In controlled indoor environments, such as offices, it is recommended that air filters be replaced at least three to four times a year. This is the standard for HVAC units used in relatively dry and clean environments. Workplaces that are mostly clean and chemical-free can be maintained in good condition with quarterly replacements. Best practice is to put this on your calendar at the beginning of each quarter to make sure it's being done.
In more difficult and unpredictable environments, such as medical or military buildings, more frequent air cleaner replacement may be necessary. In general, most air filter manufacturers and HVAC companies recommend changing the air filter every 90 days or 3 months. This may change depending on the location of your home (e.g. dry and dusty climates), if you have pets, and the age of your system and equipment.
If you have pets in the house, you should consider changing the filter every 60 days or 2 months, and for households with multiple pets or people with allergies or respiratory conditions, we recommend changing the filter every 20 to 45 days. Vacation homes or vacant homes that don't have much use can usually wait to change filters every 9-12 months. The general consensus is that the more you use your home, the more you need to change the air filter. Using an air filter with a MERV rating higher than recommended by the manufacturer of your oven or air conditioner may impair its performance. Meanwhile, air filters in spaces such as medical facilities and military buildings may require more frequent replacement.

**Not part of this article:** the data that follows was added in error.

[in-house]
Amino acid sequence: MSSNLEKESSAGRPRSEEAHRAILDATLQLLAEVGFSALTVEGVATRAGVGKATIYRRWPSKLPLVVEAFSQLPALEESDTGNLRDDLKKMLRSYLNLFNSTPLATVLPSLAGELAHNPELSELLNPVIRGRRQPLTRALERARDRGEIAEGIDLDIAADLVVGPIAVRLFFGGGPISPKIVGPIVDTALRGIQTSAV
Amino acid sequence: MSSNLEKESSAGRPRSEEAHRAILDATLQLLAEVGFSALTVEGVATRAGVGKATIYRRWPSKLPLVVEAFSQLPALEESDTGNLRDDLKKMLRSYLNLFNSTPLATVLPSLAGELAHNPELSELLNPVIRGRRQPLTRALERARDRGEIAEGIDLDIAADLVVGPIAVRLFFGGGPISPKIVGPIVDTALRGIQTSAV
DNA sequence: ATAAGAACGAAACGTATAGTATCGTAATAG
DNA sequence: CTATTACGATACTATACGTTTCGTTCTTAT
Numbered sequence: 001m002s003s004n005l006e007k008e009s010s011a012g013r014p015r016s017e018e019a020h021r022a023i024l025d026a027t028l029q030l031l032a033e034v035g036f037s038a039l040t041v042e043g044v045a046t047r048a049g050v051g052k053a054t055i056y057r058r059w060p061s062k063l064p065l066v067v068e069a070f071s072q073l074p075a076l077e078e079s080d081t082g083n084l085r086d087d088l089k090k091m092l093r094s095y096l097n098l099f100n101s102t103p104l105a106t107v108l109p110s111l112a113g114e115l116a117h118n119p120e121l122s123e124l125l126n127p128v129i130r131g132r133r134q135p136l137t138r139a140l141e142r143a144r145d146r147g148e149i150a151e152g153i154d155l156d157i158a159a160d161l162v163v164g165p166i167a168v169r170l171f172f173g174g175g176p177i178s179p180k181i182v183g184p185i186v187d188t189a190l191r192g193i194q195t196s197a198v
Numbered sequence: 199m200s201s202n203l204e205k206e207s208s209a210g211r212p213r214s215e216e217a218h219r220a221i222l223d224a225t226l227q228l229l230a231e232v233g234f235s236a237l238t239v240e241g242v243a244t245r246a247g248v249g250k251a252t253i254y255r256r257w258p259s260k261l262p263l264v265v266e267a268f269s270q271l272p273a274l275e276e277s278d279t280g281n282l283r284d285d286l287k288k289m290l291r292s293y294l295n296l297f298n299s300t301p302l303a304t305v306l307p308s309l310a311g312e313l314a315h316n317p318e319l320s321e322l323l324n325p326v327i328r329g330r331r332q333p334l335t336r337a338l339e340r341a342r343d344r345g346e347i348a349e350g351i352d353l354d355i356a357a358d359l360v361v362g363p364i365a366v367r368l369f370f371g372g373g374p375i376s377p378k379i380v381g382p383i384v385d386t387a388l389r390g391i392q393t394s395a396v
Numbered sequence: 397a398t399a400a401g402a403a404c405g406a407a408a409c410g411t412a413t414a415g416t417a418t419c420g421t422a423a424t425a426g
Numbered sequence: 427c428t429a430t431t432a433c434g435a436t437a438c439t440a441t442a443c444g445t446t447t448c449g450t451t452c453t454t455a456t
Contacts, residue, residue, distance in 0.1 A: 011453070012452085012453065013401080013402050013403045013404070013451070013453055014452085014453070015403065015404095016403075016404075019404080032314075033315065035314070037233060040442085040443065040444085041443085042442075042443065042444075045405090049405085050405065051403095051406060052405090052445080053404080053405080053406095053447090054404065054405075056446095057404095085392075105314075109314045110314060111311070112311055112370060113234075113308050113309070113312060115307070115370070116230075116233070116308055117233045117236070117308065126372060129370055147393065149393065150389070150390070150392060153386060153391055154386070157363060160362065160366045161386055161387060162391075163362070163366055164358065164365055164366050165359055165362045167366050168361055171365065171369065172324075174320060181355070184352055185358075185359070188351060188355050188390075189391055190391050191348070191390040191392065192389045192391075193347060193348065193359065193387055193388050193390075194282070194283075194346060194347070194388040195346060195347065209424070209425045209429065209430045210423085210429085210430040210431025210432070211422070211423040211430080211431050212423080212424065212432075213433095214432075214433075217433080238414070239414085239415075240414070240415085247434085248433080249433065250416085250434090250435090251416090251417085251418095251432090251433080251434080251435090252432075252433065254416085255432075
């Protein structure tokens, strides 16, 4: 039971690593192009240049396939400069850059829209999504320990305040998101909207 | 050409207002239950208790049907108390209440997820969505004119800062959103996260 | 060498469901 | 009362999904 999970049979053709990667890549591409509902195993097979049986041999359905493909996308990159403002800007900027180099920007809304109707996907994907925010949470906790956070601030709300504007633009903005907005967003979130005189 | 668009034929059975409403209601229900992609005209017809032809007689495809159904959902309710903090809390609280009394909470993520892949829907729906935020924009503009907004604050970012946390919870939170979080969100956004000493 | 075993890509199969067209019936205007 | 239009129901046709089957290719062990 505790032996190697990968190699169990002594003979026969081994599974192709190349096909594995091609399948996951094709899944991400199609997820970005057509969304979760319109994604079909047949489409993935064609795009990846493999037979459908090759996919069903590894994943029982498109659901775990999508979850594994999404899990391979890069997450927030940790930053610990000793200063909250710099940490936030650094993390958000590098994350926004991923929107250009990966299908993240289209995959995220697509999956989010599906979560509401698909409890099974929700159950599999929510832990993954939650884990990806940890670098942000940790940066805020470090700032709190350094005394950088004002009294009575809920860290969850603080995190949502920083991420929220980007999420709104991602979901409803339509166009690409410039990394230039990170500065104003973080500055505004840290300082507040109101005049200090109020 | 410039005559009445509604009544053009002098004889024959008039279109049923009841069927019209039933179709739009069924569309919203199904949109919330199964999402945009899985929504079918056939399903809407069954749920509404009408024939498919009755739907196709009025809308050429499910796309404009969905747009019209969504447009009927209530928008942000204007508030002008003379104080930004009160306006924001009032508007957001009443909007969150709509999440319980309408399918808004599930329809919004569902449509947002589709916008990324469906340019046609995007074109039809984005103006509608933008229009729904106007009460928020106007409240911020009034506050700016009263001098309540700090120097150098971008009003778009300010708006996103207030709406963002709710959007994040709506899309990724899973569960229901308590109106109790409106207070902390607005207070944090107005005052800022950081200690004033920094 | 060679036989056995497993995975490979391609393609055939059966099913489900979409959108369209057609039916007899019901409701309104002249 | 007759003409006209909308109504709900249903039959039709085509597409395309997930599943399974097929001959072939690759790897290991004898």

Commercial HVAC air filters are designed to keep allergens and dust out of the air, and provide your employees with cleaner air to breathe, while ensuring your air conditioner stays in good operating condition. If you're not quite sure when or how to change the air filters in your HVAC system, don't hesitate to contact a professional. Two simple things you can do to minimize the risk associated with clogged filters are to change them regularly and ensure that you always have an adequate supply of replacement filters on hand. According to a heating service specialist, a dirty air filter is all it takes to reduce airflow inside a building and cause an HVAC system to work too hard, leading to higher energy bills. Air filters are usually made of spun fiberglass (the same as attic insulation) or & pleated paper framed with cardboard for added stability and rigidity. The quality of the filter used by your HVAC system is another factor in how often commercial HVAC filters need to be changed. While there are many factors that contribute to overall air quality, most HVAC repair and maintenance companies will tell you that changing air filters is often one of the most effective ways to improve it.
If you need help with commercial air filters or have any other comfort questions, contact the experts at Jackson & Sons.